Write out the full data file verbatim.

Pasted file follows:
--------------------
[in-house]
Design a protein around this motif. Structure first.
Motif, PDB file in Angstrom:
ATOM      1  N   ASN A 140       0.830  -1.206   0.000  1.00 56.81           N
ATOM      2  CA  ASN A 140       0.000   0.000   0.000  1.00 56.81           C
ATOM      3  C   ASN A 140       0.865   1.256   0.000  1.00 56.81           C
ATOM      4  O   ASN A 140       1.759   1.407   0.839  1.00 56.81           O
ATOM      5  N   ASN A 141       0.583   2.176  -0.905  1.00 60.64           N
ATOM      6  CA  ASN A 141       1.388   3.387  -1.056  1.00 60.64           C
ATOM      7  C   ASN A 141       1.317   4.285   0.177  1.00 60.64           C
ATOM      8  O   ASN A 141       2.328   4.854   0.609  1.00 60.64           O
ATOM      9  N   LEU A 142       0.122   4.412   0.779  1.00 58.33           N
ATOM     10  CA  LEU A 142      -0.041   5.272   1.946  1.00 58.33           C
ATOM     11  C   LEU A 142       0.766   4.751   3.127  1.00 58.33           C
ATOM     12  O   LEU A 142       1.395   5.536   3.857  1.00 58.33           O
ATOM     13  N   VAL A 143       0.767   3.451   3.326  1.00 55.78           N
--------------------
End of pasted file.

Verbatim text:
[in-house]
Design a protein around this motif. Structure first.
Motif, PDB file in Angstrom:
ATOM      1  N   ASN A 140       0.830  -1.206   0.000  1.00 56.81           N
ATOM      2  CA  ASN A 140       0.000   0.000   0.000  1.00 56.81           C
ATOM      3  C   ASN A 140       0.865   1.256   0.000  1.00 56.81           C
ATOM      4  O   ASN A 140       1.759   1.407   0.839  1.00 56.81           O
ATOM      5  N   ASN A 141       0.583   2.176  -0.905  1.00 60.64           N
ATOM      6  CA  ASN A 141       1.388   3.387  -1.056  1.00 60.64           C
ATOM      7  C   ASN A 141       1.317   4.285   0.177  1.00 60.64           C
ATOM      8  O   ASN A 141       2.328   4.854   0.609  1.00 60.64           O
ATOM      9  N   LEU A 142       0.122   4.412   0.779  1.00 58.33           N
ATOM     10  CA  LEU A 142      -0.041   5.272   1.946  1.00 58.33           C
ATOM     11  C   LEU A 142       0.766   4.751   3.127  1.00 58.33           C
ATOM     12  O   LEU A 142       1.395   5.536   3.857  1.00 58.33           O
ATOM     13  N   VAL A 143       0.767   3.451   3.326  1.00 55.78           N